The annuloplasty is a minimally invasive procedure for managing chronic discogenic back pain in patients who have failed conservative treatment, and who otherwise are possible candidates for spinal fusion. The procedure might relieve discogenic pain through numerous potential mechanisms, including thermal nociceptive fiber destruction, biochemical mediation of inflammation, cauterization of vascular ingrowth, and induced healing of annular tears.
Criteria For Discogenic Spinal pain Suitable for Percutaneous Disc Lesioning:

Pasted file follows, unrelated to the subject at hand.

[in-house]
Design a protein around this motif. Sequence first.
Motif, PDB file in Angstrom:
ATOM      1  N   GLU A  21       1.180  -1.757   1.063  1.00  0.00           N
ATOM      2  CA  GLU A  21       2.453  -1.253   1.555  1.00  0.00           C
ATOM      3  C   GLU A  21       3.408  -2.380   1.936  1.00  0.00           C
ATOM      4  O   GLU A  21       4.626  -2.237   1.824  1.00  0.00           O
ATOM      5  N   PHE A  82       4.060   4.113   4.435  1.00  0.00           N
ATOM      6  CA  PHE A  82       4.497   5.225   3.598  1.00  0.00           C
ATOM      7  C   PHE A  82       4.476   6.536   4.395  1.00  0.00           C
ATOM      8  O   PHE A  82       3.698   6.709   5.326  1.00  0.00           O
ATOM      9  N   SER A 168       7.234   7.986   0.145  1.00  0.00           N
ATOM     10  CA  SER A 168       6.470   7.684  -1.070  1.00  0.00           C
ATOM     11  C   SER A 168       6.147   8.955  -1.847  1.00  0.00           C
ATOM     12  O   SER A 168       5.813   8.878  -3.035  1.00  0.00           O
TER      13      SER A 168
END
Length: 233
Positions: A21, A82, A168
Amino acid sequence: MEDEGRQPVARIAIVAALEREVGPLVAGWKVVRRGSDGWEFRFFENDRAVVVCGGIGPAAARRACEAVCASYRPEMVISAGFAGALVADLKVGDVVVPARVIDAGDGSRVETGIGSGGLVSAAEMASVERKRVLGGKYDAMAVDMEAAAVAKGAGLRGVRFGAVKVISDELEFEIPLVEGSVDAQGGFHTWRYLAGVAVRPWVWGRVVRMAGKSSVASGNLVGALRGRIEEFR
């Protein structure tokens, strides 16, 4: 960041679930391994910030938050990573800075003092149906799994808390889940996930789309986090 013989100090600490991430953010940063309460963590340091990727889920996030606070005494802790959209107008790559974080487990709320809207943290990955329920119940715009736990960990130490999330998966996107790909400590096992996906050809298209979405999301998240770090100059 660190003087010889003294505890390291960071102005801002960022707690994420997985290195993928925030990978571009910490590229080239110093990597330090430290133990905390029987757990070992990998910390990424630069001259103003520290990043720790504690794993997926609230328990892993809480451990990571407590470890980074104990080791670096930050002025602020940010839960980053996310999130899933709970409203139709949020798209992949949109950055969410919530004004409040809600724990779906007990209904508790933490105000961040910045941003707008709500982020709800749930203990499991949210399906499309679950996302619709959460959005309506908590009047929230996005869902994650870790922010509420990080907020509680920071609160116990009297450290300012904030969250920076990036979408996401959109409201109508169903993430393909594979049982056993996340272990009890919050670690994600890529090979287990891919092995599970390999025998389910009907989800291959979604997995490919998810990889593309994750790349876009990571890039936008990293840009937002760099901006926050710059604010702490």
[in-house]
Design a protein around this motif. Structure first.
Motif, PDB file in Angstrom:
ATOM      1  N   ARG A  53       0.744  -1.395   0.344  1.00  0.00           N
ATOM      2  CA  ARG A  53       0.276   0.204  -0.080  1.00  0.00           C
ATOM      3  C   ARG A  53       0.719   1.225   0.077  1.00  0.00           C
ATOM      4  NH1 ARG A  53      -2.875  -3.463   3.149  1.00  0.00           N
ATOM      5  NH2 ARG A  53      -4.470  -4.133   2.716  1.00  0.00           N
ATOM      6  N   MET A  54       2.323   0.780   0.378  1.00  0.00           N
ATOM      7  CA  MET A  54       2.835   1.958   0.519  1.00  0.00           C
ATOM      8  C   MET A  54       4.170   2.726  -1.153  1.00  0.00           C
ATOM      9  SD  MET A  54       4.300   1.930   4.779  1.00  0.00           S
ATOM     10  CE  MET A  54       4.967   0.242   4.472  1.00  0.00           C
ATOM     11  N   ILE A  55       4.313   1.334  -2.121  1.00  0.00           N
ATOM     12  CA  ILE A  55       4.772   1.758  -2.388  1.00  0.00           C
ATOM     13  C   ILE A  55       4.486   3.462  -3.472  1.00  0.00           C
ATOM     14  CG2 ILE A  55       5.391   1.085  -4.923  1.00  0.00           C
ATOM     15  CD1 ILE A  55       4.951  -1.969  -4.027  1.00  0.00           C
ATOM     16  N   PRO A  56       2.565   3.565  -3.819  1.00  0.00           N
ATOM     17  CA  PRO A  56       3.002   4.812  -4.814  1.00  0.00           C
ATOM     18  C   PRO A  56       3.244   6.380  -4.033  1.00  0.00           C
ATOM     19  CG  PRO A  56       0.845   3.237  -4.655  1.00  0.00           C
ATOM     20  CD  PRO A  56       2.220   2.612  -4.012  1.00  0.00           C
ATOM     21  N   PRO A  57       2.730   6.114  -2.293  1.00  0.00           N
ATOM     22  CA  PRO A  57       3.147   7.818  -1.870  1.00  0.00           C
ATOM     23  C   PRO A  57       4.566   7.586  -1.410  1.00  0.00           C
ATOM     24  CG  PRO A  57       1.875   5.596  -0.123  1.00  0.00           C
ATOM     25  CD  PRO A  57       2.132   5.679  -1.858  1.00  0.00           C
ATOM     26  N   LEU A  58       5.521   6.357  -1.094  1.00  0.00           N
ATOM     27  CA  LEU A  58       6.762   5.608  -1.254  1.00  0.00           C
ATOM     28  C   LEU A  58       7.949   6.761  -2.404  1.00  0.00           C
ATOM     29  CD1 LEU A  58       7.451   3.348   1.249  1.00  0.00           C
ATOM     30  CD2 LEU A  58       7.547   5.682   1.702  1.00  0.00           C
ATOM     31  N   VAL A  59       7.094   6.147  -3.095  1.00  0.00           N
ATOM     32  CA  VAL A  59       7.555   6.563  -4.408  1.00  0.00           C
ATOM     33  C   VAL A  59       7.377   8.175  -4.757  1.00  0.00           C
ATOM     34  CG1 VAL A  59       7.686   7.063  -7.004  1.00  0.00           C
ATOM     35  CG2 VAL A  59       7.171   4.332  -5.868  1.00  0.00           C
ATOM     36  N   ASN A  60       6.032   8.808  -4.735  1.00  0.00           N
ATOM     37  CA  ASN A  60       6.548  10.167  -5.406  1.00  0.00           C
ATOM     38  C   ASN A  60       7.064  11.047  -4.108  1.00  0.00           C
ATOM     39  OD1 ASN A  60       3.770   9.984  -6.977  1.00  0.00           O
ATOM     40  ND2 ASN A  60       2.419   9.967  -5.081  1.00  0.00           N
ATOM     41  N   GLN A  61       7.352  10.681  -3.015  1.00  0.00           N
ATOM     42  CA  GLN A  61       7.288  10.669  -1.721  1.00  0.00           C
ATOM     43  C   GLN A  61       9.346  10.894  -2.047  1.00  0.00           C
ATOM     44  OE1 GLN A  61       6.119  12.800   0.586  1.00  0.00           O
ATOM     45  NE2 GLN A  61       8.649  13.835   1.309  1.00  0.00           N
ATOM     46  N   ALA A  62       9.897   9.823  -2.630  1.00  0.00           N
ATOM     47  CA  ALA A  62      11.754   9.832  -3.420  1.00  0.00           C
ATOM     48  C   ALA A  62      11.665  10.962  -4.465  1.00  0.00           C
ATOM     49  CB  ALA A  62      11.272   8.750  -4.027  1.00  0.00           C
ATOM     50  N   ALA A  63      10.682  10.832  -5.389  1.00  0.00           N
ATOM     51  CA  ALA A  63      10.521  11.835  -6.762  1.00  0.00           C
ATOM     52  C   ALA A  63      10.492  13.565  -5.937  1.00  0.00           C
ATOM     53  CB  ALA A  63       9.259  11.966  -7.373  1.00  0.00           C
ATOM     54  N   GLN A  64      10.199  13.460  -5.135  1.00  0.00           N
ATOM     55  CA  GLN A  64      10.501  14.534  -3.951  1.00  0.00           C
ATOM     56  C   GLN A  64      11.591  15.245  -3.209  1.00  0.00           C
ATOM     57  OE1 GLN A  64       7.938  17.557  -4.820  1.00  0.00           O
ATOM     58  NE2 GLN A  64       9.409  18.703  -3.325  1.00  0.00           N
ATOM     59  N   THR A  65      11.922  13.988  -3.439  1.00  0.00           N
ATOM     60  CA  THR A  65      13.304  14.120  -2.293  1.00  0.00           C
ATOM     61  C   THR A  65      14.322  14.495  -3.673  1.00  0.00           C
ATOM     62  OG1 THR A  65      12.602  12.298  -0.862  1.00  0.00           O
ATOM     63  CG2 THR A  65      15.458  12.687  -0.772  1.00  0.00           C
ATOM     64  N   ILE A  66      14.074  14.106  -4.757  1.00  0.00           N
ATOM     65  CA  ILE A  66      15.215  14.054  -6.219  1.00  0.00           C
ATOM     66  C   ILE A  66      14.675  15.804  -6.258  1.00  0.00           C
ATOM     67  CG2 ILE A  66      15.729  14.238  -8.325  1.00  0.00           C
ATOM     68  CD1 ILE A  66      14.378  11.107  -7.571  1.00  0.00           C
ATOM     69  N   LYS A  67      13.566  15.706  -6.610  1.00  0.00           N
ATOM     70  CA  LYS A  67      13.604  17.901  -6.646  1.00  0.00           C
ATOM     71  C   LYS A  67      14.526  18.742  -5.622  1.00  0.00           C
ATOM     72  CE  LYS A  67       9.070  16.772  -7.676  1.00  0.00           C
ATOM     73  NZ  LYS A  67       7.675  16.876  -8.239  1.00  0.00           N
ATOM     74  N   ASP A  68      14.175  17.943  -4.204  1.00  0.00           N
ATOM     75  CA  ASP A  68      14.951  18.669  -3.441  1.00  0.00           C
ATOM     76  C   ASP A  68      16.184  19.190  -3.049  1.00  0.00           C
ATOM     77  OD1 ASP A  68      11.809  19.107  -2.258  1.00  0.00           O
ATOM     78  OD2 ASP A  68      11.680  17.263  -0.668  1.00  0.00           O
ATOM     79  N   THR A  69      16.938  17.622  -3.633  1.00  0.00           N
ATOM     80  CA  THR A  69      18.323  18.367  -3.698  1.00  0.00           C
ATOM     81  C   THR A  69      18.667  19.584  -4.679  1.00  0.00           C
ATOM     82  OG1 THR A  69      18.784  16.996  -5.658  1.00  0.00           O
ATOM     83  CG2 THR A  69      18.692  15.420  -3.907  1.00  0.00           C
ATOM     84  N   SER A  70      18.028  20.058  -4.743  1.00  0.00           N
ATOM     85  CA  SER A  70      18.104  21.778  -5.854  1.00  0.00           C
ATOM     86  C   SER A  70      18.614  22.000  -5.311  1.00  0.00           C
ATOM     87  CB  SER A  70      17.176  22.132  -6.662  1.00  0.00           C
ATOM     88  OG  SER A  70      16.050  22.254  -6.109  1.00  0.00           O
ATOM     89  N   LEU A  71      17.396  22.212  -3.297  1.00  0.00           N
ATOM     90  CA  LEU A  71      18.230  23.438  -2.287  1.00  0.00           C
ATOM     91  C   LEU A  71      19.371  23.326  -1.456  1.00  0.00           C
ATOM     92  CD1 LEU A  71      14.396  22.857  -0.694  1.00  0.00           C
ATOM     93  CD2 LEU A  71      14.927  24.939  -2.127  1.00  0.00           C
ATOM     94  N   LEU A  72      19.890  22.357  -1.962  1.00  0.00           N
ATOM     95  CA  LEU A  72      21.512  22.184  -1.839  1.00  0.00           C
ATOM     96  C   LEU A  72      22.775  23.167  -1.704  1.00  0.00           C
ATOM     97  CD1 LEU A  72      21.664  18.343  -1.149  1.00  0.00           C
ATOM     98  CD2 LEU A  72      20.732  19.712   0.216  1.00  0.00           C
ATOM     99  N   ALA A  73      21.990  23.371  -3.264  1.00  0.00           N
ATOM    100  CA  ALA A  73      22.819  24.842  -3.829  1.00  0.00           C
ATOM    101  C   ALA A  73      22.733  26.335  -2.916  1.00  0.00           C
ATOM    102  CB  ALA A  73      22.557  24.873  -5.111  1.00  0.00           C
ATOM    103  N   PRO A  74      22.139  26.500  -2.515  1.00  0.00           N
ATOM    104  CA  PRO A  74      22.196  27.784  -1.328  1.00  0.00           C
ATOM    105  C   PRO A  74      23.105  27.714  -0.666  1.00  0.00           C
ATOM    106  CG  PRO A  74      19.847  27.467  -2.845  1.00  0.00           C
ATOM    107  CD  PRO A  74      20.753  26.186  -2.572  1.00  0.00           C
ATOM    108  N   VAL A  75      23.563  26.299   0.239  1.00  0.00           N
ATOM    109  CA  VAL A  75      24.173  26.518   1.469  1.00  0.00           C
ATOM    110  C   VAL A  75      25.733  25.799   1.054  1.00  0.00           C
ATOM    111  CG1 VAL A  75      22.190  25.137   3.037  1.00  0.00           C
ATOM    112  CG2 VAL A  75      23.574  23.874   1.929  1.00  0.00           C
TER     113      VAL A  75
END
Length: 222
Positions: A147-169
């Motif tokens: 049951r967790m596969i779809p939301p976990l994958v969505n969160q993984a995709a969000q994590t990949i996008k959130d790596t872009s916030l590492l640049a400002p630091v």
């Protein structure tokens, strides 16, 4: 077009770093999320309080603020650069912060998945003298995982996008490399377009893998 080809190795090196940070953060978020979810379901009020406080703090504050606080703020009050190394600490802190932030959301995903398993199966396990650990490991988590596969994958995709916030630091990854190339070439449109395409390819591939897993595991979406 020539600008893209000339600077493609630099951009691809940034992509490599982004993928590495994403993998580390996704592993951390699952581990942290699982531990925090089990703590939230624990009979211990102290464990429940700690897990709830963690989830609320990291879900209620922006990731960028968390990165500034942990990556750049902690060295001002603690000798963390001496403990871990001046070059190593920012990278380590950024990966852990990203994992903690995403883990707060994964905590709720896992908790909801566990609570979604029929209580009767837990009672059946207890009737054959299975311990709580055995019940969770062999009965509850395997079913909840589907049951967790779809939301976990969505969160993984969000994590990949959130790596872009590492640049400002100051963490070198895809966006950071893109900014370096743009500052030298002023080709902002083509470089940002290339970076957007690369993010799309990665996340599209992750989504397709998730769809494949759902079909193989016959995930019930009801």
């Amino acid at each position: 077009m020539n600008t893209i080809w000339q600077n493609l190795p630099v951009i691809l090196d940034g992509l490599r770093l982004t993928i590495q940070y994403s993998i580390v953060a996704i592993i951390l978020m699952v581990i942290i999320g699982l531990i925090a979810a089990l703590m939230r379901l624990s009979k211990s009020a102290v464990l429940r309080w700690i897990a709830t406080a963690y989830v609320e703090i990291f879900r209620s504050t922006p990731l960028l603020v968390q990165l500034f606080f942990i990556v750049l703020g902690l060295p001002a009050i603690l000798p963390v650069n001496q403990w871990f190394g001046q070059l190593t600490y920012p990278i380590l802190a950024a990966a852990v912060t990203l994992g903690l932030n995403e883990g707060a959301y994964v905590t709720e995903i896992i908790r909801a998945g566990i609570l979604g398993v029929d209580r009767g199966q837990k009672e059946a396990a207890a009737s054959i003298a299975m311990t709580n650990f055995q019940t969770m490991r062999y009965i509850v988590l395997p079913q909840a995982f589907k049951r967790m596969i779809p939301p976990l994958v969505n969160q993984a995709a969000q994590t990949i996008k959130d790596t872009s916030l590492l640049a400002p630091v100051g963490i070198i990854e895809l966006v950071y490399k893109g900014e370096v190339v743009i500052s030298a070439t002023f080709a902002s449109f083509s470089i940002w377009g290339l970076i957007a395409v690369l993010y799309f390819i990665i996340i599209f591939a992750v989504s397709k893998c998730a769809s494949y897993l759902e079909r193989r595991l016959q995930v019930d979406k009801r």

The patient is positioned in the prone position. A 17-gauge introducer spinal needle is inserted under fluoroscopic guidance into the center of the disc, using a posterolateral approach. A navigable catheter with a temperature controlled thermal resistive coil is then deployed through the needle The catheter temperature is gradually increased according to a uniform protocol to 90°C during a period of 13 min, and maintained at 90°C for an additional 4min. The recommended heating protocol begins at 65°C, and the catheter temperature is increased by 1°C every 30 s until reaching 90°C, which is sustained for a period of 4 min. However, if the patient cannot tolerate the recommended heating protocol, a lower temperature can be used to perform the procedure, based on the belief that the amount of heat delivered over a period of time is more important than the final temperature.